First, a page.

Director Sir Peter Jackson's frustrations with unions and
fears that New Zealand would lose the Hobbit films have been
revealed in documents released under the Official Information
The Ombudsman ordered the Government to release documents
related to its deal with Warner Brothers which allowed the
film to go ahead in New Zealand.
Jackson's exasperation with the Australian union Media,
Entertainment & Arts Alliance (MEAA) was evident.
In a note to Cabinet Ministers Gerry Brownlee and Chris
Finlayson, Sir Peter said MEAA union boss Simon Whipp had
"played us for fools".
He later said he was concerned that Mr Whipp's actions would
derail the production.
In a separate note to ministers, he said: "In the end, this
is not about Actor's Equity, not is it about the Hobbit - it
is about an Australian trade union making a blatant play to
take a controlling hand in the NZ film industry - for their
own political and financial gain."
In an email to Mr Brownlee's chief advisor Tim Hurdle after
the minister had met with Mr Whipp, Sir Peter said that the
Government had "engaged with a snake, who now feels quite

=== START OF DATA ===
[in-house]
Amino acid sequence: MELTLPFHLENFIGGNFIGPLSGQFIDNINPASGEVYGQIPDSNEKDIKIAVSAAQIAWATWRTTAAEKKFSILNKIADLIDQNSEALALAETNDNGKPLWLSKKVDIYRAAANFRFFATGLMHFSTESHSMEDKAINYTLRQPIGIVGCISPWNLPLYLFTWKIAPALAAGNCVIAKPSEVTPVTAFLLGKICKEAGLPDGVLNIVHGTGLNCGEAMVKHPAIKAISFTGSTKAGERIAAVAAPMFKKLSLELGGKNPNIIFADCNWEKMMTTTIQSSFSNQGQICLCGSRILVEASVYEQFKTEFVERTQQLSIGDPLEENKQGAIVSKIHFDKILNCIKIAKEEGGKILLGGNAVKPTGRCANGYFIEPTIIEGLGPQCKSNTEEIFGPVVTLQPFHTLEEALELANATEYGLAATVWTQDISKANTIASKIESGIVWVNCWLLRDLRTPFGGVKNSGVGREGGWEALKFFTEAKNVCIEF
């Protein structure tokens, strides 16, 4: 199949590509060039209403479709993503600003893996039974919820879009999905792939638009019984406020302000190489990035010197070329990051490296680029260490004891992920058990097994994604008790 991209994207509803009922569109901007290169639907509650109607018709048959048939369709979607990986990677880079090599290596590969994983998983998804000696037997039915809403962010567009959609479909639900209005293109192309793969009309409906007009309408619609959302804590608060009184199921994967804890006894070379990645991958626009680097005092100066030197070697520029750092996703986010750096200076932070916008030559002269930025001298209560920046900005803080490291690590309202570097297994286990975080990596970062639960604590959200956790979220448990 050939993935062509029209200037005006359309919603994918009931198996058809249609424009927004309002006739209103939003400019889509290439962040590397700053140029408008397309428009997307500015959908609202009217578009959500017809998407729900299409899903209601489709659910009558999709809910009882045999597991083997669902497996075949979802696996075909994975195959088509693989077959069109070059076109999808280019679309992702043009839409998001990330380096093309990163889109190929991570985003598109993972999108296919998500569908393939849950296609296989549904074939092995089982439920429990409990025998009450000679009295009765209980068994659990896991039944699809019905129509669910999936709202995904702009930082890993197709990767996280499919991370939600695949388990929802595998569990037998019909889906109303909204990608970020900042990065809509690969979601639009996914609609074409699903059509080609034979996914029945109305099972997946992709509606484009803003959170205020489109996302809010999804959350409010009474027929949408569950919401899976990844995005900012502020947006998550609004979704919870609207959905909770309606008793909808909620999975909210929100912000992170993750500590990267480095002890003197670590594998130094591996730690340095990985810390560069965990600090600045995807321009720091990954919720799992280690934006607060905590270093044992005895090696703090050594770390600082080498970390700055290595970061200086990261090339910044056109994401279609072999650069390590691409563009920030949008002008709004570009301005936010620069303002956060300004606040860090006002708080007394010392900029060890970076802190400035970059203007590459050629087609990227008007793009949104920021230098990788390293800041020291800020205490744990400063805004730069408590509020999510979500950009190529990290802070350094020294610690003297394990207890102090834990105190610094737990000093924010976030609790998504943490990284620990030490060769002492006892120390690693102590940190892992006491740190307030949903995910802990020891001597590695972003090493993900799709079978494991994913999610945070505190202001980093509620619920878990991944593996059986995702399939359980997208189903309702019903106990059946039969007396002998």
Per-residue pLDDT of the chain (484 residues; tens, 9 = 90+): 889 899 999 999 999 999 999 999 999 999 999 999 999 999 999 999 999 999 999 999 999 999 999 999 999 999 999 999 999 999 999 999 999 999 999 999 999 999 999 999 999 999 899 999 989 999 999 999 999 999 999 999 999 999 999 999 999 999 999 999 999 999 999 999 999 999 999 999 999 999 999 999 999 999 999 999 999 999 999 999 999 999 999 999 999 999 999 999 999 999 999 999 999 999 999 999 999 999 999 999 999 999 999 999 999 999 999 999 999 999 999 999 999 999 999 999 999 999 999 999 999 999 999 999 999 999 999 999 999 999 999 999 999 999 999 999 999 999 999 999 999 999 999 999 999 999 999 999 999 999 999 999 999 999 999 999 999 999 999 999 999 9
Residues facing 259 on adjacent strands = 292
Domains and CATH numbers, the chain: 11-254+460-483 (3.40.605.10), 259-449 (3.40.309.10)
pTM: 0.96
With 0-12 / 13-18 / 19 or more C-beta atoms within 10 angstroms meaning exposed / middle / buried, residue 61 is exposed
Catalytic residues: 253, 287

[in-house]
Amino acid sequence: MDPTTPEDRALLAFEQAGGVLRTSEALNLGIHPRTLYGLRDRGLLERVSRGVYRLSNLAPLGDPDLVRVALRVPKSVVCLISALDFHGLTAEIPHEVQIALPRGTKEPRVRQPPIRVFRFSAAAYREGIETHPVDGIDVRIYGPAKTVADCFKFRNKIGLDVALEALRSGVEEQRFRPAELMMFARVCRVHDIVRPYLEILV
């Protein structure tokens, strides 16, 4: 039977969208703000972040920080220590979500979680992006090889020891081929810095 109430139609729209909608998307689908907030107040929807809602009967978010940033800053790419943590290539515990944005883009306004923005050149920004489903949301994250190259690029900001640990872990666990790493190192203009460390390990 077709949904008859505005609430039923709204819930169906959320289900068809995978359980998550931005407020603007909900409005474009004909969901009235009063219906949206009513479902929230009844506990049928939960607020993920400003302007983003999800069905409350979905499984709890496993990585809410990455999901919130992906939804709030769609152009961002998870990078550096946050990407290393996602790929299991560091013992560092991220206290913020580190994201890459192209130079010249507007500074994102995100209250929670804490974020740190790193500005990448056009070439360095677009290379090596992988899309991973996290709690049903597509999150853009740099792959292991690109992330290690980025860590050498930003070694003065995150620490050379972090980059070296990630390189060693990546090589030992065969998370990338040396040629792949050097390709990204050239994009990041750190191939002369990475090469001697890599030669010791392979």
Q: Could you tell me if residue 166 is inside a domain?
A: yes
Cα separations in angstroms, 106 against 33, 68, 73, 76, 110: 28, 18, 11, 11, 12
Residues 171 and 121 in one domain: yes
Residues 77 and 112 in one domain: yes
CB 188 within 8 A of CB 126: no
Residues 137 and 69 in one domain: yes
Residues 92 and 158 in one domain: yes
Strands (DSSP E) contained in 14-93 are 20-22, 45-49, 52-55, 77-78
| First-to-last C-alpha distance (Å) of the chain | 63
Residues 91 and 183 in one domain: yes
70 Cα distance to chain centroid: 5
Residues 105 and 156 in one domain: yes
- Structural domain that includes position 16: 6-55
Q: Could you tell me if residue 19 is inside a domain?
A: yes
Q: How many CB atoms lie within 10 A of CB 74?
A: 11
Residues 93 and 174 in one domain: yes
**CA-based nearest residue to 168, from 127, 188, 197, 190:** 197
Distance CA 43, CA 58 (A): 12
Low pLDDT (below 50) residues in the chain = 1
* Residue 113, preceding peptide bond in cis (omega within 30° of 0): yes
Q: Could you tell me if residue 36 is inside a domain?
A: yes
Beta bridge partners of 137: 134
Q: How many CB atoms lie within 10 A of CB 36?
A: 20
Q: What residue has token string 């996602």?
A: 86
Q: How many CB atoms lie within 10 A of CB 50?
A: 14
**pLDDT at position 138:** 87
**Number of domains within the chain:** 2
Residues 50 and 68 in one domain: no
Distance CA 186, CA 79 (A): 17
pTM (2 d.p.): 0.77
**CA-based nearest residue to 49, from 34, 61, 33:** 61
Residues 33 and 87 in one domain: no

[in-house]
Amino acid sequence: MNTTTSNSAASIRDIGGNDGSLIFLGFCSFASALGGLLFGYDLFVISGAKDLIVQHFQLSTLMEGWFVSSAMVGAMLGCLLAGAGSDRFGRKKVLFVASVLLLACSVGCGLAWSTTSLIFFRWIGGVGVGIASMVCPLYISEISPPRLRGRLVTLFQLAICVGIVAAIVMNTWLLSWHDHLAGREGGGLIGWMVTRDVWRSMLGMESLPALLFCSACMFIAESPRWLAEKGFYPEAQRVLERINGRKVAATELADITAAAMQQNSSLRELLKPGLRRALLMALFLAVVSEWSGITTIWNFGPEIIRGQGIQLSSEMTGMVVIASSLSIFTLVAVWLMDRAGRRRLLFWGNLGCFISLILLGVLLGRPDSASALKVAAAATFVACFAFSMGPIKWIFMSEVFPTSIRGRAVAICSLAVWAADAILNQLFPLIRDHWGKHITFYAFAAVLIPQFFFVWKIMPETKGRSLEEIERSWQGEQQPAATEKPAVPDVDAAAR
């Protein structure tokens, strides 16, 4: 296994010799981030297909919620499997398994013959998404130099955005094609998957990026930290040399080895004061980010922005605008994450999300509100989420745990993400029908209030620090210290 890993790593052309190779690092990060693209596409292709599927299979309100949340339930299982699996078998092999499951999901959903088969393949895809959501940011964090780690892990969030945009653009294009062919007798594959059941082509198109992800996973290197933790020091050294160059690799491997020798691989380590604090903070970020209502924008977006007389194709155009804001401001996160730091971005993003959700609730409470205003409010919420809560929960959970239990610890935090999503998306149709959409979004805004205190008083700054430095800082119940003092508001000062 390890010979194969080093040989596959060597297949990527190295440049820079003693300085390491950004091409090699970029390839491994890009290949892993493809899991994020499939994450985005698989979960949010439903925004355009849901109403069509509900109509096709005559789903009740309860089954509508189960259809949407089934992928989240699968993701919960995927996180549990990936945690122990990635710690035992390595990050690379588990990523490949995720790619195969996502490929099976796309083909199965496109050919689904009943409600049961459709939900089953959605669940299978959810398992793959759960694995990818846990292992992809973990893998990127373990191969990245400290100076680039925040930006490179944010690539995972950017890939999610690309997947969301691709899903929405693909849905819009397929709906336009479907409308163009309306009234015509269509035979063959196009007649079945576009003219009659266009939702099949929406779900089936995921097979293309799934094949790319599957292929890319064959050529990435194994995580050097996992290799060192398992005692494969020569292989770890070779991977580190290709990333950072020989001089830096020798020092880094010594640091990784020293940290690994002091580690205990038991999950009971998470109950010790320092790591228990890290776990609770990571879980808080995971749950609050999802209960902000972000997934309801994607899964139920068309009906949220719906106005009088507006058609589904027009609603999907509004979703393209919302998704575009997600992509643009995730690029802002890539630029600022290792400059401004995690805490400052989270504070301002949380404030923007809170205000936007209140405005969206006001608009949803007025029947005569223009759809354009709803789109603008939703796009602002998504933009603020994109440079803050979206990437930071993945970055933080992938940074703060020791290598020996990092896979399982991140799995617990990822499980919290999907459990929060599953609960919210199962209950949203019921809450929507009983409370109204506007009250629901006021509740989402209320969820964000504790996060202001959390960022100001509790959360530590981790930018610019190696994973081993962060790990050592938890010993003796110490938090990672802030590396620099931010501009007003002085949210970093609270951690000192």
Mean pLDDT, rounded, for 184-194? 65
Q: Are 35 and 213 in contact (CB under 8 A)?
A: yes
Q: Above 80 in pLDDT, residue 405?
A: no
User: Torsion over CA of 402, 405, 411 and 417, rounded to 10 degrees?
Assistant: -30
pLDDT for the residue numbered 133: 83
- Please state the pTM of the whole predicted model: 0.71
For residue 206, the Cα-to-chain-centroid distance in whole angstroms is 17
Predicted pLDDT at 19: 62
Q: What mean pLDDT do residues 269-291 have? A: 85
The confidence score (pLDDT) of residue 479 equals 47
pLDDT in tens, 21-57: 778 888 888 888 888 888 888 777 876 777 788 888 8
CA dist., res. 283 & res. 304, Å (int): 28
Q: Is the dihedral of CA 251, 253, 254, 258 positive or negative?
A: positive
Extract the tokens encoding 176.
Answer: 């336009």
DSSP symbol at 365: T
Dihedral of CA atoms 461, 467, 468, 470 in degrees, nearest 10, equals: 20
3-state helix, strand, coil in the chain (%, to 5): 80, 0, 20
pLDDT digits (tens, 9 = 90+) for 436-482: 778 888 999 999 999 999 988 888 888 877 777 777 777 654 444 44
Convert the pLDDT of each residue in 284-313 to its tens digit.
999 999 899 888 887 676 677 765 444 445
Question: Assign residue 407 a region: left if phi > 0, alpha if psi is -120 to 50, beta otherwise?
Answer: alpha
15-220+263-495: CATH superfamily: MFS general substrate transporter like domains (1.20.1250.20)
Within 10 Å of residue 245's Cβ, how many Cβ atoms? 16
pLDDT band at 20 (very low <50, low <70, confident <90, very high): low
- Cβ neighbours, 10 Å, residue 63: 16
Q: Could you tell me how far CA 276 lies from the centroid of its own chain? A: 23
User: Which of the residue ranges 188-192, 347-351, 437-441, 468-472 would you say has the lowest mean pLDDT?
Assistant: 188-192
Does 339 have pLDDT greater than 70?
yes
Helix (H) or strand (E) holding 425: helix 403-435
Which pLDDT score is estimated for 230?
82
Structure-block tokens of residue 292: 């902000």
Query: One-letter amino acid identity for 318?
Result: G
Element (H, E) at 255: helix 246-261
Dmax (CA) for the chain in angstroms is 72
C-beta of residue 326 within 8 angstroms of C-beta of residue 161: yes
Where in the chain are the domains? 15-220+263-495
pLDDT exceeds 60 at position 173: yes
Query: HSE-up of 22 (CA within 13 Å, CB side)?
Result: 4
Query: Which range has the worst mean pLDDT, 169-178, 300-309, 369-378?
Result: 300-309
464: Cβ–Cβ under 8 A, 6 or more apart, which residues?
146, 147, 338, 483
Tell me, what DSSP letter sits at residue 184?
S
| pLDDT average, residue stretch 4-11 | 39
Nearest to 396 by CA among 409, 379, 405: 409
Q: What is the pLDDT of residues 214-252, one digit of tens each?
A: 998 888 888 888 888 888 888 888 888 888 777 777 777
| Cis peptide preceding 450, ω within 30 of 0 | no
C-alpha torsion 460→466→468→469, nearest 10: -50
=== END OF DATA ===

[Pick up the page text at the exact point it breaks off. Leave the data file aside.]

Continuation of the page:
"He is in revenge mode, intent on inflicting as much damage
as he can to our film, our film industry, to our country.
"I really can't [take] much more of this toxic nonsense. All
I want to do is make films! I haven't been able to think
about the movie for 3 weeks."
The documents also revealed the anger of New Line Cinema - a
unit of Warners - when it was informed of the unions'
After the MEAA outlined the working conditions it expected
before an actors' ban on the Hobbit was lifted, New Line
senior vice president of business affairs Carolyn Blackwood
said in an email: "I am furious. Furious."
A later email between Ms Blackwood and Mr Brownlee showed
that New Line Cinema did not plan to film the Hobbit in a
different country, despite its concerns about the labour
The Government warned in October 2010 that the films could be
moved overseas if the dispute was not resolved.
Ms Blackwood said there was growing momentum to find
alternative places to film, and asked Mr Brownlee to consider
similar incentives to those offered by New South Wales.
But she reassured the minister that the company was committed
to making the films in New Zealand.
"As I have said to you on every occasion that we have spoken,
we are committed to New Zealand ...
"We filmed all three Lord of the Rings films in NZ and are
not making any decisions to move this production lightly. If
that were to happen, if would honestly be a blow to all of
She confirmed that the labour disputes put the company in "a
very precarious position" and were a "real risk to [New
Ministers initially refused to release the documents due to
commercial sensitivity, but the Ombudsman ruled earlier this
month that they should be made public.
The Government made a deal with Warner Brothers in 2010 which
included tax rebates and a change to employment legislation.